Leaving a porch light on for an hour after dusk will attract a variety of insects. And if you leave a door open near the light, insects may come inside. This is true for landscape lighting as well.
Repellents also attract far more insects than they kill. A better solution is to install security lights with motion sensors away from the house. Lights that are on when needed and off at other times may keep out trouble and insects.
Cracks in the foundation
Cracks can occur in concrete slabs, poured or block foundations, and even stone finishes. Cracks in concrete, even small ones, can easily become an entry point for insects, and large ones can become an entry point for rodents. Inspect masonry once a year and repair as needed.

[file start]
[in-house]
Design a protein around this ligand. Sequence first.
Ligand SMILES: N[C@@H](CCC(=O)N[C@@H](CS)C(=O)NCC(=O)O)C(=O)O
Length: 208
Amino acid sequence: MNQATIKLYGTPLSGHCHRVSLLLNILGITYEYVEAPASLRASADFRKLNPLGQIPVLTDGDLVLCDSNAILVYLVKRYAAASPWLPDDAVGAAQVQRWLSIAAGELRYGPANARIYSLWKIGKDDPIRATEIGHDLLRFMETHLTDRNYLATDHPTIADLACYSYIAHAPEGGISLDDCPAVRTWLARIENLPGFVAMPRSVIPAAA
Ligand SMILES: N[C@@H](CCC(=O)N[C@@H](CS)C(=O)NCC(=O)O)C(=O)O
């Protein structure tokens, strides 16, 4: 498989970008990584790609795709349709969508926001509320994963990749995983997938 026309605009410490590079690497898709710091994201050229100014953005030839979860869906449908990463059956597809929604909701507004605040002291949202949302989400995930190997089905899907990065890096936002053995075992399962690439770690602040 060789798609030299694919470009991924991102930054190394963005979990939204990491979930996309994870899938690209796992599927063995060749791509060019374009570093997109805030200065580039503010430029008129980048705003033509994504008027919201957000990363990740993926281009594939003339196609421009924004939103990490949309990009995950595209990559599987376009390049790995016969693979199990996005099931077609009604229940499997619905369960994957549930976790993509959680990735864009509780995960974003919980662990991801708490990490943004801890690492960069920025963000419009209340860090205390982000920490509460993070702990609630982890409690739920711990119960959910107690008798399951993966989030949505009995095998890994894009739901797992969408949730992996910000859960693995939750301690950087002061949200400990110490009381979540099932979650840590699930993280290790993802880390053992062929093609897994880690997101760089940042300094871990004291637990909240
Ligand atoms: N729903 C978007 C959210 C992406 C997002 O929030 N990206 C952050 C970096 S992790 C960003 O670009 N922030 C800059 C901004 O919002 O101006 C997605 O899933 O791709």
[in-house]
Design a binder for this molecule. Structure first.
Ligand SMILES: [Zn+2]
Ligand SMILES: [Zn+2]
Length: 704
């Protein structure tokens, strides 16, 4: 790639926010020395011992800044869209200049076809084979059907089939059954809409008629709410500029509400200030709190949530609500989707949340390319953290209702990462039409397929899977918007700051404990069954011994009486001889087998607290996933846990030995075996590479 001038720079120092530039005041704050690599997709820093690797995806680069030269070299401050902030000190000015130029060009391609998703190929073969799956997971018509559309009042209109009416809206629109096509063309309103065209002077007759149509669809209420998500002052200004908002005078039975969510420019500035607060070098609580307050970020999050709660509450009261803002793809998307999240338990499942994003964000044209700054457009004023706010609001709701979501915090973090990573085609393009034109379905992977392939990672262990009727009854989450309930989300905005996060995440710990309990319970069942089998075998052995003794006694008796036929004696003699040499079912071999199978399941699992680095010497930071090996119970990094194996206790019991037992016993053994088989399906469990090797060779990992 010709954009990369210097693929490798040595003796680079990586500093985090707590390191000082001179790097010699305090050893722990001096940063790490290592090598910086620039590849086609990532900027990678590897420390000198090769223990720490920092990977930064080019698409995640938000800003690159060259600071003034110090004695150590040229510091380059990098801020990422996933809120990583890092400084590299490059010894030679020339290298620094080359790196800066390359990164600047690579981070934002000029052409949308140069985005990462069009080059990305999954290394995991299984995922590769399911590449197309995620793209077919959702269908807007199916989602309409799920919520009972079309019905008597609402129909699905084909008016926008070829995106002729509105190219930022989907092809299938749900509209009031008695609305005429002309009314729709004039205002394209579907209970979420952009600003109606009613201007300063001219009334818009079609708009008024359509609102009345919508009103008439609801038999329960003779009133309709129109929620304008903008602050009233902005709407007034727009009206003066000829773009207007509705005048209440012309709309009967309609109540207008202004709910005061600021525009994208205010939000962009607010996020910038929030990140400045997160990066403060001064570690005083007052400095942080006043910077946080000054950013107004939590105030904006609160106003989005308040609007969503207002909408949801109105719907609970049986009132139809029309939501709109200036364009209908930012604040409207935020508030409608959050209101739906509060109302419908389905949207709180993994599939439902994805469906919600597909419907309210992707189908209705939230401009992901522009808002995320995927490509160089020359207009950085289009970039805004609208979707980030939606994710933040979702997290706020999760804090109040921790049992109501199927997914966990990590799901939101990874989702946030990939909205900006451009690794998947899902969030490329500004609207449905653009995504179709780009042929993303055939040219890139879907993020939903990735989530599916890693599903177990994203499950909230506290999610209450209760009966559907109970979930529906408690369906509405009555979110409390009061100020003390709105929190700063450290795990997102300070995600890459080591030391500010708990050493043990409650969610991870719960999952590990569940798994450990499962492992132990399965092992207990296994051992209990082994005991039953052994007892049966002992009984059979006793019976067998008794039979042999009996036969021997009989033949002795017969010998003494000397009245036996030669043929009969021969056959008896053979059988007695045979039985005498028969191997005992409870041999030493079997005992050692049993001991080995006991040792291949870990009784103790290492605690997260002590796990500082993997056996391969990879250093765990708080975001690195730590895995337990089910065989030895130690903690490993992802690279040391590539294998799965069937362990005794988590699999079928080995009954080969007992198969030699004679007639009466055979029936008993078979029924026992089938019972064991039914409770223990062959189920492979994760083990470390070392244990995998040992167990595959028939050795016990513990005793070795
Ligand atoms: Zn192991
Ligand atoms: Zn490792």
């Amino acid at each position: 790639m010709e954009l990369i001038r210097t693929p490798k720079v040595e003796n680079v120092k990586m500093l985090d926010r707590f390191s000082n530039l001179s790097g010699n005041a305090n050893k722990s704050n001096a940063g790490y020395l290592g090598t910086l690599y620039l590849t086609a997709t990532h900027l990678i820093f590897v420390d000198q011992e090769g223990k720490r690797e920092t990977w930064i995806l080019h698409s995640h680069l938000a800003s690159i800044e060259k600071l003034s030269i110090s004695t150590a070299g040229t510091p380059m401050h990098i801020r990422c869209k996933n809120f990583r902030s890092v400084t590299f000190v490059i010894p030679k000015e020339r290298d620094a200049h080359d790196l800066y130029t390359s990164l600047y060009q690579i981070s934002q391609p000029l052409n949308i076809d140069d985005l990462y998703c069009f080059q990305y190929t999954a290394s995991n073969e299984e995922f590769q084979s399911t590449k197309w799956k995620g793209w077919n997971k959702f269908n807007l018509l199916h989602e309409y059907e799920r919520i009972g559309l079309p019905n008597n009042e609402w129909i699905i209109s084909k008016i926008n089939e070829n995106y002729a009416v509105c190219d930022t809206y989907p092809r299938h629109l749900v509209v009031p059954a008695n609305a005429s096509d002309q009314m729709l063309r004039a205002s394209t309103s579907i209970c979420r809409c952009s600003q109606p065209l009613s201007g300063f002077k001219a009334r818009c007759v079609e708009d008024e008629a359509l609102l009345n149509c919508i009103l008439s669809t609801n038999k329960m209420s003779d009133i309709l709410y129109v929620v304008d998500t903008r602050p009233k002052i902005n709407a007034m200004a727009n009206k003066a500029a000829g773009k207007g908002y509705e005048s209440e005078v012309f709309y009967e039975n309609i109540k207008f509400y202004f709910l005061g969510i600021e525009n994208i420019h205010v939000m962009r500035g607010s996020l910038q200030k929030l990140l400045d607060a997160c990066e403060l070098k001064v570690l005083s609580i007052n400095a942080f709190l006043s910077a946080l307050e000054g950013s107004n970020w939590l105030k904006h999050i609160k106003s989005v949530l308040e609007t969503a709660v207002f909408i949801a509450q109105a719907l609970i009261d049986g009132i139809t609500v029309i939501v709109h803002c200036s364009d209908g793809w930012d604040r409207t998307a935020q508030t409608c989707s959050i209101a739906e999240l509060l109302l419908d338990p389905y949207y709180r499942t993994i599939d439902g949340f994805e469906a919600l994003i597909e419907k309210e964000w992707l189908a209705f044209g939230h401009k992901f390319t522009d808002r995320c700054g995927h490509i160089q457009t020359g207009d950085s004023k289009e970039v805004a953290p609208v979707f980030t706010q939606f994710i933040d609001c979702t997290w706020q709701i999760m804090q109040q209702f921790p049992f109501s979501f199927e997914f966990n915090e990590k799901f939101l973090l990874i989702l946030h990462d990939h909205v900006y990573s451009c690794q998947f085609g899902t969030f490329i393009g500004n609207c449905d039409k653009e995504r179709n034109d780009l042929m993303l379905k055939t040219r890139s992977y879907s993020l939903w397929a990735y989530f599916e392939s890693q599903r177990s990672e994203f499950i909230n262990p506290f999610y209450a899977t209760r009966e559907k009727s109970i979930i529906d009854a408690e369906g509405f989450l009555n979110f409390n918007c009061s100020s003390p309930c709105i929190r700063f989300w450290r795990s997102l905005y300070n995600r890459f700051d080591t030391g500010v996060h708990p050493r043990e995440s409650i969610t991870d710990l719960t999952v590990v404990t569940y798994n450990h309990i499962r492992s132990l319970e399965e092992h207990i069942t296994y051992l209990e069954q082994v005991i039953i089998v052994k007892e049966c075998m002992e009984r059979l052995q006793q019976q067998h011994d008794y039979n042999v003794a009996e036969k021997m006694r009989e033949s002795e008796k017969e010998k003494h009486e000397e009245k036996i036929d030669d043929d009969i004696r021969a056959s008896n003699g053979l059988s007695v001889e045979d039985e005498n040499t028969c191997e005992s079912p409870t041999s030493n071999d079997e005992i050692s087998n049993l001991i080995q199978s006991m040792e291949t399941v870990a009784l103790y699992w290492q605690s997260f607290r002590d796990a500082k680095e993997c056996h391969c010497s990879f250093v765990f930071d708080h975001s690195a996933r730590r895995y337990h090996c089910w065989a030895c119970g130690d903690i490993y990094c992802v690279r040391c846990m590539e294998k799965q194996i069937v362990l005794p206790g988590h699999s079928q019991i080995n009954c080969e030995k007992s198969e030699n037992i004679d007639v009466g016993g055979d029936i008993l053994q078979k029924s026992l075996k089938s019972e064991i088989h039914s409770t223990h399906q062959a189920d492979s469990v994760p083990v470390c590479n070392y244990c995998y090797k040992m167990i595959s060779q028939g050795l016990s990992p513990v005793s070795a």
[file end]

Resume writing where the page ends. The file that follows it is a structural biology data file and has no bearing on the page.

Open garage and basement doors.
We use our garages and basements as storage areas, workshops, studios, and potting sheds, but pests use them as warm homes. Leaving the garage door open for hours often brings in unwelcome guests. Garages and basements are important entry points for a variety of creatures. Garage and basement doors should always be closed when they do not need to be opened.
Openings for Pipes and Cables
Every house has many small openings in the foundation, walls, and roof for various utility pipes, such as telephone, cable, fiber optic, air conditioning, and gas. Inspect these holes and seal them with silicone caulk to eliminate pest entry points.
Small animals such as rats, squirrels, raccoons, and birds can easily enter through chimneys, so be sure to close the damper when not in use. Install a mesh covered chimney cover and check its location and integrity each spring and fall.